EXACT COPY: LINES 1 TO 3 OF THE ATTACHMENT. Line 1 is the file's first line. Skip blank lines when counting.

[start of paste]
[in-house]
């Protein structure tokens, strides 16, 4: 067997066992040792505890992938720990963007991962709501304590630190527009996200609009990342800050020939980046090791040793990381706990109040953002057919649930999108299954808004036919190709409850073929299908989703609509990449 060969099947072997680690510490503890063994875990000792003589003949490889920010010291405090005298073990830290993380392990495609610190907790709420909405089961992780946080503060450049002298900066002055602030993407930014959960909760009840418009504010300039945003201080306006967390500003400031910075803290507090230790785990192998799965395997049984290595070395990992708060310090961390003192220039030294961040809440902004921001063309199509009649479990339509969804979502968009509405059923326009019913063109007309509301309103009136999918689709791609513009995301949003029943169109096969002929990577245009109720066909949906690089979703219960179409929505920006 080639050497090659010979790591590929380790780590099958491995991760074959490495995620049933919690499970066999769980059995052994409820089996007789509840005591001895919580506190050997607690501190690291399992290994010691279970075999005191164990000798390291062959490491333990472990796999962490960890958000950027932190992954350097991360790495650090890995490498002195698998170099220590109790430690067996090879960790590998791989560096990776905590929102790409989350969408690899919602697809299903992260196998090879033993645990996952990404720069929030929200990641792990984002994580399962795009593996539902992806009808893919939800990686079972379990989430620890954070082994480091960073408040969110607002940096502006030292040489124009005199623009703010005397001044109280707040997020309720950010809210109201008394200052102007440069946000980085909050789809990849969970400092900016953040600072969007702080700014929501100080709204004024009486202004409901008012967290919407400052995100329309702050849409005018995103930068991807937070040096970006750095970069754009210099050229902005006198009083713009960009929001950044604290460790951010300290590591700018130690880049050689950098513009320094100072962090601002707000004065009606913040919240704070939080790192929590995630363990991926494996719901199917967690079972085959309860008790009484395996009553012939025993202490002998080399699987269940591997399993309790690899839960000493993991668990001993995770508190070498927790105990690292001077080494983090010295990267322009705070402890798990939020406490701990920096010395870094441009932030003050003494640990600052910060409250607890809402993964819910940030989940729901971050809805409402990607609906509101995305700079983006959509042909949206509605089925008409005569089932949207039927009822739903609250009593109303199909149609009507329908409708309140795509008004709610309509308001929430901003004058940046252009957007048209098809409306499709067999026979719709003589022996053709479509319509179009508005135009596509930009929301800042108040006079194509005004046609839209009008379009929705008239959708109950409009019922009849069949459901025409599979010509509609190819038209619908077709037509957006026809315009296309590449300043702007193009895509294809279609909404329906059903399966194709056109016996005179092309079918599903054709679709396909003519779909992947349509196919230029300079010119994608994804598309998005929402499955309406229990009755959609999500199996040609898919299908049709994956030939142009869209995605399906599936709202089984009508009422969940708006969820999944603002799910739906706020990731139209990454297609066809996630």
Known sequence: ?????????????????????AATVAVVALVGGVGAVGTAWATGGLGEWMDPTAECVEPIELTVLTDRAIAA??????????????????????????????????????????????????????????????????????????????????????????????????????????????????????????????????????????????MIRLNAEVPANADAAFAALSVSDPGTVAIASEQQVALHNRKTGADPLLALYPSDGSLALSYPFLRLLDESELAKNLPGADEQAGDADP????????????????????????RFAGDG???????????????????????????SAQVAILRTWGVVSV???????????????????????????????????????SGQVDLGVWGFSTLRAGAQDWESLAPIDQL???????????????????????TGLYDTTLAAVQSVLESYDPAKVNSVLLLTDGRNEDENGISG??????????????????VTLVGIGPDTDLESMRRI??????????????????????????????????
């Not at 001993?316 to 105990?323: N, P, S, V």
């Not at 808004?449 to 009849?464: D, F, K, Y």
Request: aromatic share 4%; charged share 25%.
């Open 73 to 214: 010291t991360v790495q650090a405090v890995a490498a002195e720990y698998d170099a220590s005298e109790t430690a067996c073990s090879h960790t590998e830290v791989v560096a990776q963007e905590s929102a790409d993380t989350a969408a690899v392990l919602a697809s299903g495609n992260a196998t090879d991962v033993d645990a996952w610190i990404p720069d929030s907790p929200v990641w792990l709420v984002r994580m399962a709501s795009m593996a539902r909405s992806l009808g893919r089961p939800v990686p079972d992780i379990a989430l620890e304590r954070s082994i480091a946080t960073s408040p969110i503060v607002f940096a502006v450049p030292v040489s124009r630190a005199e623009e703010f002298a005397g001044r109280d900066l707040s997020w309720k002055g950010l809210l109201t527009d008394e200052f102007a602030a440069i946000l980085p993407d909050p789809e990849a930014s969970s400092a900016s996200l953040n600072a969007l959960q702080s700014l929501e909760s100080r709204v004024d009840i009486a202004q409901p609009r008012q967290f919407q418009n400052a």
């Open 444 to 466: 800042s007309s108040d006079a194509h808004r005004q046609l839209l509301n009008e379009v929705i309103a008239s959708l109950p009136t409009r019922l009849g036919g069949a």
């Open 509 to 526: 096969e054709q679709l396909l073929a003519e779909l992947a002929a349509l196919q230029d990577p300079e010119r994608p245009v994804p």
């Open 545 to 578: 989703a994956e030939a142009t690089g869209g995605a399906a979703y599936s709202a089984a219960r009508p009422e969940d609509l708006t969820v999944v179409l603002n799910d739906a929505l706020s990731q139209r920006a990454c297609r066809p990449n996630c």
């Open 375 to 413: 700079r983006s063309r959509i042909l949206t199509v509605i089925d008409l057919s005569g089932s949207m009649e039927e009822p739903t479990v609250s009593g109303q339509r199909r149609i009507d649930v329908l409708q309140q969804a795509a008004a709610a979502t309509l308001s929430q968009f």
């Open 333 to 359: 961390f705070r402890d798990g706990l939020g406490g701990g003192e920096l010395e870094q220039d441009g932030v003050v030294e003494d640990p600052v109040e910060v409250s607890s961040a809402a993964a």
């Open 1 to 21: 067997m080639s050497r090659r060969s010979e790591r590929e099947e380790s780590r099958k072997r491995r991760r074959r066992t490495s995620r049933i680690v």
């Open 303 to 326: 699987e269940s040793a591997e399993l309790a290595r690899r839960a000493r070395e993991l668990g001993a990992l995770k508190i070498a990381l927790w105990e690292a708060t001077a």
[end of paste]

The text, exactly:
[in-house]
């Protein structure tokens, strides 16, 4: 067997066992040792505890992938720990963007991962709501304590630190527009996200609009990342800050020939980046090791040793990381706990109040953002057919649930999108299954808004036919190709409850073929299908989703609509990449 060969099947072997680690510490503890063994875990000792003589003949490889920010010291405090005298073990830290993380392990495609610190907790709420909405089961992780946080503060450049002298900066002055602030993407930014959960909760009840418009504010300039945003201080306006967390500003400031910075803290507090230790785990192998799965395997049984290595070395990992708060310090961390003192220039030294961040809440902004921001063309199509009649479990339509969804979502968009509405059923326009019913063109007309509301309103009136999918689709791609513009995301949003029943169109096969002929990577245009109720066909949906690089979703219960179409929505920006 080639050497090659010979790591590929380790780590099958491995991760074959490495995620049933919690499970066999769980059995052994409820089996007789509840005591001895919580506190050997607690501190690291399992290994010691279970075999005191164990000798390291062959490491333990472990796999962490960890958000950027932190992954350097991360790495650090890995490498002195698998170099220590109790430690067996090879960790590998791989560096990776905590929102790409989350969408690899919602697809299903992260196998090879033993645990996952990404720069929030929200990641792990984002994580399962795009593996539902992806009808893919939800990686079972379990989430620890954070082994480091960073408040969110607002940096502006030292040489124009005199623009703010005397001044109280707040997020309720950010809210109201008394200052102007440069946000980085909050789809990849969970400092900016953040600072969007702080700014929501100080709204004024009486202004409901008012967290919407400052995100329309702050849409005018995103930068991807937070040096970006750095970069754009210099050229902005006198009083713009960009929001950044604290460790951010300290590591700018130690880049050689950098513009320094100072962090601002707000004065009606913040919240704070939080790192929590995630363990991926494996719901199917967690079972085959309860008790009484395996009553012939025993202490002998080399699987269940591997399993309790690899839960000493993991668990001993995770508190070498927790105990690292001077080494983090010295990267322009705070402890798990939020406490701990920096010395870094441009932030003050003494640990600052910060409250607890809402993964819910940030989940729901971050809805409402990607609906509101995305700079983006959509042909949206509605089925008409005569089932949207039927009822739903609250009593109303199909149609009507329908409708309140795509008004709610309509308001929430901003004058940046252009957007048209098809409306499709067999026979719709003589022996053709479509319509179009508005135009596509930009929301800042108040006079194509005004046609839209009008379009929705008239959708109950409009019922009849069949459901025409599979010509509609190819038209619908077709037509957006026809315009296309590449300043702007193009895509294809279609909404329906059903399966194709056109016996005179092309079918599903054709679709396909003519779909992947349509196919230029300079010119994608994804598309998005929402499955309406229990009755959609999500199996040609898919299908049709994956030939142009869209995605399906599936709202089984009508009422969940708006969820999944603002799910739906706020990731139209990454297609066809996630």
Known sequence: ?????????????????????AATVAVVALVGGVGAVGTAWATGGLGEWMDPTAECVEPIELTVLTDRAIAA??????????????????????????????????????????????????????????????????????????????????????????????????????????????????????????????????????????????MIRLNAEVPANADAAFAALSVSDPGTVAIASEQQVALHNRKTGADPLLALYPSDGSLALSYPFLRLLDESELAKNLPGADEQAGDADP????????????????????????RFAGDG???????????????????????????SAQVAILRTWGVVSV???????????????????????????????????????SGQVDLGVWGFSTLRAGAQDWESLAPIDQL???????????????????????TGLYDTTLAAVQSVLESYDPAKVNSVLLLTDGRNEDENGISG??????????????????VTLVGIGPDTDLESMRRI??????????????????????????????????